Schools Tackle Lessons on Religion Some World History Texts for Elementary Grades Now Teach about Different Religious Beliefs
Laura Van Tuyl, writer of The Christian Science Monitor, The Christian Science Monitor
SIXTH graders in Newark, N.J., will find an addition to the standard subjects of their world history books this year: God.
Along with facts about Alexander the Great and the fall of Rome are lessons on the Ten Commandments, the parables of Jesus, the teachings of Confucius, and the tenets of Buddhism.
Religion is back in the classroom. In a growing number of states, school board officials and curriculum advisers are calling for - and in some cases requiring - that history lessons, which typically begin in the fifth grade, include descriptions of major religions and religion's role in shaping history. Public schools in Newark, for example, have adopted history texts that discuss sacred Hindu law as well as the journeys of St. Paul.
"It's an issue whose time has come," says Beverly Armento, professor of social studies at Georgia State University in Atlanta and co-author of Newark's books, published by the Houghton Mifflin Company. By omitting religion or "glossing over" it, "we've presented a distorted view" of history, she says.
Strained euphemisms and odd historical gaps can be found in textbooks of the past, educators say. One Alabama book, for instance, defines the Pilgrims merely as "people who make long trips." Others avoid mentioning that the Pilgrims' celebration of Thanksgiving was to thank God, that religion played a key role in the abolition of slavery in America, or that Martin Luther King Jr. was a minister.
"It alienates many citizens to think they're being deliberately written out of history. There's no reason why religious issues can't be talked about," says Charles Haynes, executive director of the First Liberty Institute at George Mason University in Fairfax, Va. The institute, made up of educational and religious groups, provides guidelines and resources on religious curriculum to schools.
Many teachers and school officials took the Supreme Court decisions of the 1960s, which banned school prayer and devotional Bible-reading, to mean that all forms of religious study were illegal, Mr. Haynes says. While indoctrination is forbidden by the First Amendment, teaching about religion is not, the Court stated.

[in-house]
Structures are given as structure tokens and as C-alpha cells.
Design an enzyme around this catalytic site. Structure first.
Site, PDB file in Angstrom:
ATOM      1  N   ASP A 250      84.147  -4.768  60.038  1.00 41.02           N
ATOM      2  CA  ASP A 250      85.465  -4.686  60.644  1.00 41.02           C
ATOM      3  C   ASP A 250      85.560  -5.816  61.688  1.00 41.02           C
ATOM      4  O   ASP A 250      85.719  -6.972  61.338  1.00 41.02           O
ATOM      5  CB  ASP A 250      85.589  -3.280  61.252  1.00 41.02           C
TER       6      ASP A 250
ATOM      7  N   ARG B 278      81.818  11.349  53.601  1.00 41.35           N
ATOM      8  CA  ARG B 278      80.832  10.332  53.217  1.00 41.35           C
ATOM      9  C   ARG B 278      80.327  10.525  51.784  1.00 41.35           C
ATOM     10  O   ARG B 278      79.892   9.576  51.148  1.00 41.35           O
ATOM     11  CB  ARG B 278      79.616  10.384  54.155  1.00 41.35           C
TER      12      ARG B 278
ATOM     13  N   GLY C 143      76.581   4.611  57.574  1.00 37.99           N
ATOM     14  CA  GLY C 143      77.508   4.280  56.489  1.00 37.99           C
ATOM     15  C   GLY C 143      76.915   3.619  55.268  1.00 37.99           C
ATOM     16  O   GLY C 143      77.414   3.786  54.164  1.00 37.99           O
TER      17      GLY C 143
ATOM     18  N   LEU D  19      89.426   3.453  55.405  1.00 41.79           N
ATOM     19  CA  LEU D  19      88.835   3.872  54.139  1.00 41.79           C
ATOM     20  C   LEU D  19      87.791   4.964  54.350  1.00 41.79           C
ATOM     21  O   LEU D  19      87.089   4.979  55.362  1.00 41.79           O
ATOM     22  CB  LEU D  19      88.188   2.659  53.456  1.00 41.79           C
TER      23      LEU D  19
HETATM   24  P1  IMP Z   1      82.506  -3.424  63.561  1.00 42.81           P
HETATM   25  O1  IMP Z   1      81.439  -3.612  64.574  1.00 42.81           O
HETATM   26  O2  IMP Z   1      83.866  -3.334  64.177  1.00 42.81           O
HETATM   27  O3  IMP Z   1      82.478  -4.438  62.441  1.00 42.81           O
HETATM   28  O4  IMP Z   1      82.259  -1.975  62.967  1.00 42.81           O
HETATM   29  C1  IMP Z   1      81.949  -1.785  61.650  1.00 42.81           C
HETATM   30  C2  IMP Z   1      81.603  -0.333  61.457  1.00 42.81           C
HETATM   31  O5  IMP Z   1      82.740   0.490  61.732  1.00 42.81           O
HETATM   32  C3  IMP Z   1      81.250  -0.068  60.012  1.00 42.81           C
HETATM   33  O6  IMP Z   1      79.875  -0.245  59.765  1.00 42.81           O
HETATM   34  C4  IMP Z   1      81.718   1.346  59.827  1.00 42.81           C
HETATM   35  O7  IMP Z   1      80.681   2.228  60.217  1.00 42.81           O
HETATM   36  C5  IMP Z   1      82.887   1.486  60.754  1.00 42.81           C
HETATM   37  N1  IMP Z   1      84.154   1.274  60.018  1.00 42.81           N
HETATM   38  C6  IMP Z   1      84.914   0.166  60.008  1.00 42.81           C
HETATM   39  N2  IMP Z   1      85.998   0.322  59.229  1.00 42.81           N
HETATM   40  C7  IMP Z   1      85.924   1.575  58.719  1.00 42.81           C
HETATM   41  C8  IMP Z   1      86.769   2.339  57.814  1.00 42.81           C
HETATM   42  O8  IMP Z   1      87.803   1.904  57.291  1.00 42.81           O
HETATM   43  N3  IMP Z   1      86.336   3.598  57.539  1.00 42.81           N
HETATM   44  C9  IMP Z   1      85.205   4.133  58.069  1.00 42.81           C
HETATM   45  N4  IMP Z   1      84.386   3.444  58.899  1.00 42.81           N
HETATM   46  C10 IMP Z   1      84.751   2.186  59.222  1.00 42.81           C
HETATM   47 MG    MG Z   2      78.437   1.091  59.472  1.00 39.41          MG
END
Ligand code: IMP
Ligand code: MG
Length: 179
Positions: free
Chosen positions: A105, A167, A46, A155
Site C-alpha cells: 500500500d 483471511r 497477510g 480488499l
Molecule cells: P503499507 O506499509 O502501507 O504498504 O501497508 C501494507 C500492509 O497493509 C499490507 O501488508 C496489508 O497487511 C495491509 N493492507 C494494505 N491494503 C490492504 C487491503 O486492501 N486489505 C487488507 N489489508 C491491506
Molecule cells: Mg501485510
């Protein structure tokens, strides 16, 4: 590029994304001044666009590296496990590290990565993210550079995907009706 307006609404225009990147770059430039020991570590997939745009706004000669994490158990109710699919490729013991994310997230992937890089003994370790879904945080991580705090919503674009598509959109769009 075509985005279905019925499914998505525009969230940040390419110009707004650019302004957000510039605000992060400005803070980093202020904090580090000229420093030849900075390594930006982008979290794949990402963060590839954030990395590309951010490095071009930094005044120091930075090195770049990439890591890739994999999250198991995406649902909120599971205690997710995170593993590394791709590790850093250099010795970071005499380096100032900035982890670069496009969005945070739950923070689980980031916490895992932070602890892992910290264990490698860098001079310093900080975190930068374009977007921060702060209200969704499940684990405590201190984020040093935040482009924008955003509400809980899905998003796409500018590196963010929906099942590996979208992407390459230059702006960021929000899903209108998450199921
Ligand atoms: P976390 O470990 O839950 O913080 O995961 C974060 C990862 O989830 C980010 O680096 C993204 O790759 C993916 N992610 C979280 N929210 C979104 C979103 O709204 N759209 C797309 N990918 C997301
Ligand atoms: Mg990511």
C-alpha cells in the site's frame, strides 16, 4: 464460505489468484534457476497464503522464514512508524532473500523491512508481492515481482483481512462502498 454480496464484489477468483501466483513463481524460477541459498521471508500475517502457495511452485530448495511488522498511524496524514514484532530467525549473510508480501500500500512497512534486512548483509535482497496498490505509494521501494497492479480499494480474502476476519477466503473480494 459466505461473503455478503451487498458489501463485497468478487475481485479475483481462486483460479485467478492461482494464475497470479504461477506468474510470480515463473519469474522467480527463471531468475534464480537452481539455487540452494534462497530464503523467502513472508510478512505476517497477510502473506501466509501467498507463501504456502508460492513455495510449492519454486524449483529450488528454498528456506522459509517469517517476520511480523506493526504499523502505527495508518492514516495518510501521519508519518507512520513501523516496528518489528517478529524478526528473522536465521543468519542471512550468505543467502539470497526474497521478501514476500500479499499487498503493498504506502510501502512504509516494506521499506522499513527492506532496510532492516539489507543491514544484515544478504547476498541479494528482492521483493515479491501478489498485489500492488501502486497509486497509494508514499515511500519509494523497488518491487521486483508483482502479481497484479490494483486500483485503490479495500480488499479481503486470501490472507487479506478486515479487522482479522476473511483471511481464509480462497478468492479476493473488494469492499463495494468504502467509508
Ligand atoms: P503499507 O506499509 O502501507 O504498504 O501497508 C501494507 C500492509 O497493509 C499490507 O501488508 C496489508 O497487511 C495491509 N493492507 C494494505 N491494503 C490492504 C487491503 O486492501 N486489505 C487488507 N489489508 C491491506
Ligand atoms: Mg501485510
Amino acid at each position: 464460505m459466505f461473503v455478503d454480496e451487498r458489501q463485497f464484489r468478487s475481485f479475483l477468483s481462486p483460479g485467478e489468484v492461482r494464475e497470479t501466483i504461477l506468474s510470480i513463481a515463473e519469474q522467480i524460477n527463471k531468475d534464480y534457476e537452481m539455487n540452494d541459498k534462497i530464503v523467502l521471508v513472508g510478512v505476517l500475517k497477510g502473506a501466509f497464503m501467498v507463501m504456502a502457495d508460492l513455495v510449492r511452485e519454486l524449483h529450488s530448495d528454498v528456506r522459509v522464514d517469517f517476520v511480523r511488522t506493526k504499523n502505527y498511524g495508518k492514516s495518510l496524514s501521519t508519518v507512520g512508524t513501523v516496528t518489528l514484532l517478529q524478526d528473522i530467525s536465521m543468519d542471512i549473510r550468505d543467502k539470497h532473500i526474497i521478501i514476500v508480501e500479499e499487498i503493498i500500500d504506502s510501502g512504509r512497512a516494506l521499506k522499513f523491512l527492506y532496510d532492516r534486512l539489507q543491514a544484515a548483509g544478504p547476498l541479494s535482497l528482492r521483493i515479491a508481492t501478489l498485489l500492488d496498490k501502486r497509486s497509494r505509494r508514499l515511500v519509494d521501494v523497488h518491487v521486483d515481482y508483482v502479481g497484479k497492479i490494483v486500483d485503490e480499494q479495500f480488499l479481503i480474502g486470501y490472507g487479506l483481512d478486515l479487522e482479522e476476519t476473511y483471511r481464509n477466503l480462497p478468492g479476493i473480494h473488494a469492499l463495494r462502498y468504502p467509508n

Pressure from parents and teachers to address this issue has been building over the last five years, Haynes says. Several states, such as North Carolina, Utah, California, and Georgia, have endorsed plans to teach religion in public schools. Houghton Mifflin's initiative, not without its critics, is one publisher's attempt to ride the trend. Other publishers, such as Scholastic Inc. and Macmillan Publishing Co., have produced books that include religion as well.
"It's part of the multicultural movement," Haynes adds. "The recognition of growing diversity requires that we change how we educate our citizens. If we're going to live together, we're going to have to learn about each other."
While a consensus has formed among educators that religion is indeed a legitimate subject for elementary and middle-school grades, exactly how to teach religion is far from settled. Anxiety abounds over the potential for lawsuits and whether teachers know how to avoid indoctrinating students or favoring one religion over another.
TEACHERS face "potential land mines," says Jackie Berman, education specialist of the Jewish Community Relations Council of the San Francisco Bay Area. Ms. Berman shares an example. One teacher, betraying her own bias, said that explaining the origin of religion to students is easy: Since human beings couldn't understand nature or natural occurrences, they devised religious beliefs that would explain them.
"That would be extremely offensive to anyone who believes in Truth with a capital 'T, Berman says. …